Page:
OTTAWA (Reuters) - One poll this week showed Canada’s governing Conservatives with a six-point lead over the main opposition Liberal Party, the smallest lead in two months, while another has them maintaining a nine-point margin.
Either way, the Conservatives would most likely win another minority government if an election were held today but their lead is well down from a peak of 15 points they enjoyed in October when the Liberals tried to force an early election.
The Liberal move to topple the government, one year after the Conservatives were reelected under Prime Minister Stephen Harper, proved unpopular, particularly as Canada was just emerging from recession. The Liberals have now backed down.
Parallel with the Liberal retreat from threatening an election has been a relentless attack on the Conservatives over allegations that Afghan prisoners the Canadian military handed over to Afghan authorities in 2006 and 2007 were subsequently tortured.
An Ekos poll on Thursday had the Conservatives at 35.9 percent popular support and the Liberals at 26.7 percent, almost exactly where they were a week ago.
The left-leaning New Democrats, occasionally nipping at the Liberals’ heels, were well behind at 17.0 percent. The Greens, which do not have a seat in Parliament, were at 11.2 percent and the separatist Bloc Quebecois at 9.2 percent.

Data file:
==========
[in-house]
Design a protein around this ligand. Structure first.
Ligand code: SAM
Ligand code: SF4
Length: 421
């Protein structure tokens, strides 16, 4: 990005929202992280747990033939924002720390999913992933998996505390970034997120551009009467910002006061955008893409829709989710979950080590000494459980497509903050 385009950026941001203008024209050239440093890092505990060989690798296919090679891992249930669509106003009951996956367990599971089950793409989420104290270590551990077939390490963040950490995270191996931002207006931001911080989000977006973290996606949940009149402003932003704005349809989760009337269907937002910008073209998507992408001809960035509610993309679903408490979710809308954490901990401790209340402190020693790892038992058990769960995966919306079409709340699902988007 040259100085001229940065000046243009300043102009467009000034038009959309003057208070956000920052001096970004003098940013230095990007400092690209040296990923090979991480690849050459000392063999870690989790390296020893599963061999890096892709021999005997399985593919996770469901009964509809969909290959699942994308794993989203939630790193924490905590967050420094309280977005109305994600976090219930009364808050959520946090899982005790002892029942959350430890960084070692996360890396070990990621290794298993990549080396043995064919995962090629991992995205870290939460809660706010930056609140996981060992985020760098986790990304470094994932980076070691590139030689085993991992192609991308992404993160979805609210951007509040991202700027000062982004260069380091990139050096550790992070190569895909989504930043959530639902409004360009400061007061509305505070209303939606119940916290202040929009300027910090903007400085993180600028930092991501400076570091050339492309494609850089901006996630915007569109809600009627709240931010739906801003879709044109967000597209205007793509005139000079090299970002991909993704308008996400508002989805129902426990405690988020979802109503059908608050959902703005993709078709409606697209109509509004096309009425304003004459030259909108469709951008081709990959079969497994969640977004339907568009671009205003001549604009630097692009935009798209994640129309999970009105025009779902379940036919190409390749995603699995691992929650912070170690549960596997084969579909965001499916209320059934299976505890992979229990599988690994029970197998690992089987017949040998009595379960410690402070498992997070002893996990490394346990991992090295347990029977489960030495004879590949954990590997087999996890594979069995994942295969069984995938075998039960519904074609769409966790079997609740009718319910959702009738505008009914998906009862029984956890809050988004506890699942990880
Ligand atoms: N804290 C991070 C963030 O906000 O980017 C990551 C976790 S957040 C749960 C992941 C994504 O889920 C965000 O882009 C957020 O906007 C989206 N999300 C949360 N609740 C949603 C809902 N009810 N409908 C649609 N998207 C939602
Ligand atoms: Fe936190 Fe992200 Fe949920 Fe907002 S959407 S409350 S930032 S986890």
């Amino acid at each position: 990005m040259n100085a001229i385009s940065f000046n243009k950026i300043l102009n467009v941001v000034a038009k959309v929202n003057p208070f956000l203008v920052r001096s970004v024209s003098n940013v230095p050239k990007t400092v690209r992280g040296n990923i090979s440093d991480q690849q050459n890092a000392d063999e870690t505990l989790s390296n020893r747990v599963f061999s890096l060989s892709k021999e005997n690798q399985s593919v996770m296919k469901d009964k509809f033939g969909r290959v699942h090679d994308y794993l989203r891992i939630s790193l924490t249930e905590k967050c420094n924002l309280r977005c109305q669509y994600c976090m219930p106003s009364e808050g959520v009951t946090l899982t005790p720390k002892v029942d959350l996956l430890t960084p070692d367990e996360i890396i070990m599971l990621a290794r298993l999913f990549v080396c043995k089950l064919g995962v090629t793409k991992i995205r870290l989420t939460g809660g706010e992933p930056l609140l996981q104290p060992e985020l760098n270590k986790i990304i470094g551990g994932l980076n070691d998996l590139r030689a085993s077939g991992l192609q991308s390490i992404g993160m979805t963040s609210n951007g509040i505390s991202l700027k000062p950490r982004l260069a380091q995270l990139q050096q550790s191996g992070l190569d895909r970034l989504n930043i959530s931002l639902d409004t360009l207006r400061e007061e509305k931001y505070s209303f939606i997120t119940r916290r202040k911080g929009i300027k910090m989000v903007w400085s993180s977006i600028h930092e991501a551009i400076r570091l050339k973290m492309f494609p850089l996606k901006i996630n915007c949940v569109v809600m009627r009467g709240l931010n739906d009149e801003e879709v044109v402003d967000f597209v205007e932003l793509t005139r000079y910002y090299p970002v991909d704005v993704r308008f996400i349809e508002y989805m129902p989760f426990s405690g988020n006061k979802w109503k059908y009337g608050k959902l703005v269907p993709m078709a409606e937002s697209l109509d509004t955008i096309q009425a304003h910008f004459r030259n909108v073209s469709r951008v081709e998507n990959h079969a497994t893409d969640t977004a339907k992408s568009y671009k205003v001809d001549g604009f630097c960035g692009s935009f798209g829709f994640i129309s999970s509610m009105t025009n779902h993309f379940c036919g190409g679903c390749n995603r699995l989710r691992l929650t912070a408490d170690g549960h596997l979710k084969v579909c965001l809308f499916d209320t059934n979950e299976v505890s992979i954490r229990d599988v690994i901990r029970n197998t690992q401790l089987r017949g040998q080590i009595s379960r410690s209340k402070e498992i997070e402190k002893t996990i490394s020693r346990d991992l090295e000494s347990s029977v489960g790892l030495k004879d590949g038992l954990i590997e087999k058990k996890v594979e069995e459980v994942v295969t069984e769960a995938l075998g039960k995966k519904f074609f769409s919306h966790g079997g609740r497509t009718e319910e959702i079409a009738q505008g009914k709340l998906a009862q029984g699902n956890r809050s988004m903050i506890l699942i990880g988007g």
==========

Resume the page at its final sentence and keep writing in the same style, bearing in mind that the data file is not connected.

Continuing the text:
A Harris-Decima survey, released by the Canadian Press late on Wednesday, showed the Conservatives at 34 percent, the Liberals at 28 percent, the New Democrats at 14 percent and the Greens just behind at 13 percent.
In Quebec, Harris-Decima had the Bloc Quebecois -- which runs only in the French-speaking province -- keeping its commanding lead with 38 percent support, followed by the Liberals at 24 percent and the Conservatives at 17 percent.
Ekos’s automated telephone survey covered 3,386 Canadians from December 9 to December 15, with a margin of error of 1.7 points 19 times out of 20.
The Harris-Decima phone poll of 2,012 Canadians was conducted December 3-13, with a 2.2 point error margin.
Reporting by Randall Palmer; editing by Peter Galloway